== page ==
Refinancing, Profitability, and Capital Structure, with András Danis and Toni Whited, Journal of Financial Economics, 2014, Vol 114(3), pages 424-443.
We analyze global data about electricity generation and document that the risk exposure of a firm's owners and its workers depends on the way competing firms respond to productivity shocks by changing the scale of their output. The sales of firms with more inflexible competitors respond more strongly to aggregate sales shocks. As a consequence, competitor inflexibility also affects the stability of firms' total wage- and dividend payments. Firms with relatively flexible competitors appear to smoothen both wages and dividends, but an increase in competitor inflexibility is associated with less dividend smoothing and more wage smoothing. Our evidence supports the idea that labor productivity risk associated with competitor inflexibility should be borne by firms' shareholders, rather than by their workers.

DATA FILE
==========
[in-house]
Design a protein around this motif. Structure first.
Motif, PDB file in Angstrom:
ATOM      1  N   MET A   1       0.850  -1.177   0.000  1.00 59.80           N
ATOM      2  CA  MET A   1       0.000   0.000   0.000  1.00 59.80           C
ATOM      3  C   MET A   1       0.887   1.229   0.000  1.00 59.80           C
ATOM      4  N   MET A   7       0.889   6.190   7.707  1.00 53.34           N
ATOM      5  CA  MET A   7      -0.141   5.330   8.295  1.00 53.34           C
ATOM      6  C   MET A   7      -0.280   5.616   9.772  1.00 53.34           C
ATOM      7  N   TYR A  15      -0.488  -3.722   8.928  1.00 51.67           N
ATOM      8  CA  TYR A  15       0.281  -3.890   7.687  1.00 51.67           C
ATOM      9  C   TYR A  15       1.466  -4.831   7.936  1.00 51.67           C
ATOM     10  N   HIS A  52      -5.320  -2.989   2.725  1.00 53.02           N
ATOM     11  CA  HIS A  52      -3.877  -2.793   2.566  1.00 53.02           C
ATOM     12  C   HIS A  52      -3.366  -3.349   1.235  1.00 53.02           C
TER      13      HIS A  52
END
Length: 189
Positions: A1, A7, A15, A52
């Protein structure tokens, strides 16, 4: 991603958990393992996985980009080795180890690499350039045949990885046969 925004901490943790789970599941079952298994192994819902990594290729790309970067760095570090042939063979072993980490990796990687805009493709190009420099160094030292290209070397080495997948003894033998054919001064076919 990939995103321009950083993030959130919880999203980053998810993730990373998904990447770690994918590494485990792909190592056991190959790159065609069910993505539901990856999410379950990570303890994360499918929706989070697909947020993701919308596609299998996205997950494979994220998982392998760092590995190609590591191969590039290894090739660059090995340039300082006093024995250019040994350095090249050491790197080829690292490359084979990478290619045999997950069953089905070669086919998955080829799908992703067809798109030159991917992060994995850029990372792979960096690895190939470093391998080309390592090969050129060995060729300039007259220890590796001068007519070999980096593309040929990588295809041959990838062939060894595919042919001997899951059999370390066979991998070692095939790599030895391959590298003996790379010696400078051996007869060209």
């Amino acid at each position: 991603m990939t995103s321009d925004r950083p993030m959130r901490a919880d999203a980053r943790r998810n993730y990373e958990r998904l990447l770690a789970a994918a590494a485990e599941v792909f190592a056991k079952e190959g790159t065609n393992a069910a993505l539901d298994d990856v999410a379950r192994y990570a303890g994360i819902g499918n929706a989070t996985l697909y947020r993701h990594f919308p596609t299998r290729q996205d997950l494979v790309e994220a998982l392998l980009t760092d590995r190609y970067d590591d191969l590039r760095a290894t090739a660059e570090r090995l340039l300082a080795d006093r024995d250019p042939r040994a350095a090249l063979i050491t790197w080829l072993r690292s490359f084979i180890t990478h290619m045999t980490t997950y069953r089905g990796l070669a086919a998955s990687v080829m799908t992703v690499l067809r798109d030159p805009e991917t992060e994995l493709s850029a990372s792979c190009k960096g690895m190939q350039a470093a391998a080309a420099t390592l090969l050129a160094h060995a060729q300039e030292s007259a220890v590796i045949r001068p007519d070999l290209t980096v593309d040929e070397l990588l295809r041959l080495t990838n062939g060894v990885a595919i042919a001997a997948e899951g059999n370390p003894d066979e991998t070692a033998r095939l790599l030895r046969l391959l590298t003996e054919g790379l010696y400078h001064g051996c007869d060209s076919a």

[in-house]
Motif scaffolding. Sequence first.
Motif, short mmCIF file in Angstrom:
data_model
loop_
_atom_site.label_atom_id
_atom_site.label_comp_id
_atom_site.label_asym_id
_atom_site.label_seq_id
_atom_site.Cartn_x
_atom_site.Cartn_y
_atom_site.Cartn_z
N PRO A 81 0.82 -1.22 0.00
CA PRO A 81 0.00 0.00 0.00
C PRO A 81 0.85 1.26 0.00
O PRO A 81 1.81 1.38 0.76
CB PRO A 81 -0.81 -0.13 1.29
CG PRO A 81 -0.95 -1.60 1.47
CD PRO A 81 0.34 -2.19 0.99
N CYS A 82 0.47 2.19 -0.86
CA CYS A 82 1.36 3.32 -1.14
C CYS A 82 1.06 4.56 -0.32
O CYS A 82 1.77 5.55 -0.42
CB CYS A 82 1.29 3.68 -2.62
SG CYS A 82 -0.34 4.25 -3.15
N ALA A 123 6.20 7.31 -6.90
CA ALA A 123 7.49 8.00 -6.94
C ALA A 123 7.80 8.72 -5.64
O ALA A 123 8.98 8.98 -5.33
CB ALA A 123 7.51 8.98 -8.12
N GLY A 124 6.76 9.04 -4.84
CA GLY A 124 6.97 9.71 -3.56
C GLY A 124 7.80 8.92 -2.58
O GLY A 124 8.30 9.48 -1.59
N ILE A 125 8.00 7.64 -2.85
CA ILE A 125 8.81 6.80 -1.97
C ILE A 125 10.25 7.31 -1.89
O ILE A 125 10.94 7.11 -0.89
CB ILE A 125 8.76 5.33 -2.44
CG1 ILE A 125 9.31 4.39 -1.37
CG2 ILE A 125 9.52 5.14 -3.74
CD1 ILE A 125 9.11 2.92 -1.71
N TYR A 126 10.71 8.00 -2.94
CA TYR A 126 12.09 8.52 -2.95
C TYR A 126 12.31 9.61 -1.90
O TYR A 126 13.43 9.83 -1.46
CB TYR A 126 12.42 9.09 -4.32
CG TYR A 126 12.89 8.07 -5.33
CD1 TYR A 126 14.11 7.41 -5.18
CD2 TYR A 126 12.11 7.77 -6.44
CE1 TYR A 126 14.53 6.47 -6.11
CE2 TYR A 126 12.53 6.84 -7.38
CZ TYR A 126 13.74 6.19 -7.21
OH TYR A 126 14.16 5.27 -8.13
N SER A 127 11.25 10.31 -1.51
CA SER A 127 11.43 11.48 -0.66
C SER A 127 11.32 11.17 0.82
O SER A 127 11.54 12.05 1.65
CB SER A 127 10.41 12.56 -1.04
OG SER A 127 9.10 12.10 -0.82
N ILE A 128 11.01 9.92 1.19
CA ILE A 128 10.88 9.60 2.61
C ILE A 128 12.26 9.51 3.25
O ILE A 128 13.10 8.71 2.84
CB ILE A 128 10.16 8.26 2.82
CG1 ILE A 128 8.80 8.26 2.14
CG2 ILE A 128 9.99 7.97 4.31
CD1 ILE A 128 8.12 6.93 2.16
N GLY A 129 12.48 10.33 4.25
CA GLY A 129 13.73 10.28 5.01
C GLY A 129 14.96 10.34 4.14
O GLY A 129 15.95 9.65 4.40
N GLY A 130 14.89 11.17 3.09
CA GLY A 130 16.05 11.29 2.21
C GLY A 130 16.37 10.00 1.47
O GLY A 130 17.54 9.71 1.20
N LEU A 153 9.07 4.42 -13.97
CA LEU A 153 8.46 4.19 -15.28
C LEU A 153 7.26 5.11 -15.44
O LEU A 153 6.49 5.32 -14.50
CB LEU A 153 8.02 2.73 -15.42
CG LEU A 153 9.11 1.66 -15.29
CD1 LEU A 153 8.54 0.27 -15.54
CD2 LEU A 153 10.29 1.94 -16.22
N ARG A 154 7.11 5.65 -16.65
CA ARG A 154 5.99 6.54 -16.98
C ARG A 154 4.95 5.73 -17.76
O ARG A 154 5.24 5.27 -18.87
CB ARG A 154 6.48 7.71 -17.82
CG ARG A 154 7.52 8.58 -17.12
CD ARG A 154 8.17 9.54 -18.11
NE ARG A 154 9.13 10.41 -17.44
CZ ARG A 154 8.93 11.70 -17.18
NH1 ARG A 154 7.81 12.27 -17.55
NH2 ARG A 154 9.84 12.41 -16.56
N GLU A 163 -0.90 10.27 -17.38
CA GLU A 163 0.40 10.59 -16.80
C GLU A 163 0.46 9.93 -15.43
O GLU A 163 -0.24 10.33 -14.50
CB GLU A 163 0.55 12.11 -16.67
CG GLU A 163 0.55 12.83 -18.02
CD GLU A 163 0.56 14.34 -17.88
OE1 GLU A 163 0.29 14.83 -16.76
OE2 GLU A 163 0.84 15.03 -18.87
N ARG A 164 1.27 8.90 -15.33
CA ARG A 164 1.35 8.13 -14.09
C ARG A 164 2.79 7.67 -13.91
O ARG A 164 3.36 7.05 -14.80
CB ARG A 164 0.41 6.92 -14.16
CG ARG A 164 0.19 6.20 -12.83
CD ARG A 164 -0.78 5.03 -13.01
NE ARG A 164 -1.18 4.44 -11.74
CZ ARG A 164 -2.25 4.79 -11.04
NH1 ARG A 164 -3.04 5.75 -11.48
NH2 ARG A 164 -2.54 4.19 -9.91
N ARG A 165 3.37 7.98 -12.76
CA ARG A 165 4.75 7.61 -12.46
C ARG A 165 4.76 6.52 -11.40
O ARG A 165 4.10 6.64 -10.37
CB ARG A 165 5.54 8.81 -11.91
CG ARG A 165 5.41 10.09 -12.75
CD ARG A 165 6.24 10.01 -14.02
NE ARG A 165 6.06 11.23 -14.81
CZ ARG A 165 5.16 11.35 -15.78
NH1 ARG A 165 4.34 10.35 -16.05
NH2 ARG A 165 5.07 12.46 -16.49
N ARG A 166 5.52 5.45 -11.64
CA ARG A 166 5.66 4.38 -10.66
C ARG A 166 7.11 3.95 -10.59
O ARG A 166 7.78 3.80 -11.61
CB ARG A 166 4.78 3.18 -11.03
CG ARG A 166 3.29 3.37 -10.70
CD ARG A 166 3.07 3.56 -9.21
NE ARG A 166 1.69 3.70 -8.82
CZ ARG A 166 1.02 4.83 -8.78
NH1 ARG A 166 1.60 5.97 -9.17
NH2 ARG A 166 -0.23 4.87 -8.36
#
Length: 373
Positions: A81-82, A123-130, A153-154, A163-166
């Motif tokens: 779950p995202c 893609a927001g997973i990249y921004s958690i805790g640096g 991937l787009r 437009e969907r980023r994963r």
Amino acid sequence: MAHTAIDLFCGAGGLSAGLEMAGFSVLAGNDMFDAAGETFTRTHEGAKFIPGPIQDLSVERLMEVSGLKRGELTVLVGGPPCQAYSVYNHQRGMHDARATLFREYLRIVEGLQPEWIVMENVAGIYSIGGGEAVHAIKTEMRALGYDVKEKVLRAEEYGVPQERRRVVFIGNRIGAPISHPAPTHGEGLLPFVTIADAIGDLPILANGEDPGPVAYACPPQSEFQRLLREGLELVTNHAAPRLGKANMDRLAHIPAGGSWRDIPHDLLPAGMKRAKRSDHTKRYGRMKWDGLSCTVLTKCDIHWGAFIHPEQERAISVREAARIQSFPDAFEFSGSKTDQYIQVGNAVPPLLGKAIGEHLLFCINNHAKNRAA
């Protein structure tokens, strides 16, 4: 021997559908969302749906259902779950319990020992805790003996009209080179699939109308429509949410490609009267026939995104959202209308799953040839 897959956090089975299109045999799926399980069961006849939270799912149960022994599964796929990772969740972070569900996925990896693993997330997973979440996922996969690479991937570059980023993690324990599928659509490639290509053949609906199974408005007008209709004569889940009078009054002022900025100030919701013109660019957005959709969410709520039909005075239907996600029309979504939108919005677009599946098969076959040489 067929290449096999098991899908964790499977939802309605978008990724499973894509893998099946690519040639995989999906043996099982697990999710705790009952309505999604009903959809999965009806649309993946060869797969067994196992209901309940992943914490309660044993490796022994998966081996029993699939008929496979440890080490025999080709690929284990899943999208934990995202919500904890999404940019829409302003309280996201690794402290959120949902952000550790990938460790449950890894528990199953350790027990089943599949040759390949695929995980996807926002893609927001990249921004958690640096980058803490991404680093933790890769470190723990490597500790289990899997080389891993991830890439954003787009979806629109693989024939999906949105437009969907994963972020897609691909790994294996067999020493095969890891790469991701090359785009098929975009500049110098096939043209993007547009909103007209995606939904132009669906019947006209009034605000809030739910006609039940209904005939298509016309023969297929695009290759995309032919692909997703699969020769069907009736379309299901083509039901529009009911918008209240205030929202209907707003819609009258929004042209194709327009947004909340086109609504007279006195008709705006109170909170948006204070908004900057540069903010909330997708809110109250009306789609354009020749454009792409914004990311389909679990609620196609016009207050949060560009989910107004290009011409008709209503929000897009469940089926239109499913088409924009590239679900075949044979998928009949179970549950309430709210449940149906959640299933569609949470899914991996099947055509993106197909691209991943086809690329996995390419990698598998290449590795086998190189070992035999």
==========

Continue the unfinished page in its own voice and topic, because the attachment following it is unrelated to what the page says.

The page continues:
Information Acquisition Costs and Credit Spreads, with Marcin Jaskowski
This paper investigates the impact of a structural break in information acquisition costs on corporate bond spreads. Information acquisition costs are an important market friction that affects how much information will be acquired by investors, their subsequent portfolio allocations, and consequently, market prices. We exploit the staggered introduction of SEC’s EDGAR database and the SEC’s XBRL initiative to examine how bond markets respond to reductions in information acquisition costs. Our main results highlight the friction’s relevance for debt markets: Lower information acquisition costs are associated with a decline in credit spreads of 5 to 8 percent relative to their average levels. Moreover, the magnitude of the decline varies with firm size, credit ratings, and bonds’ call provisions, but not with the firms’ frequency of issuing new bonds.
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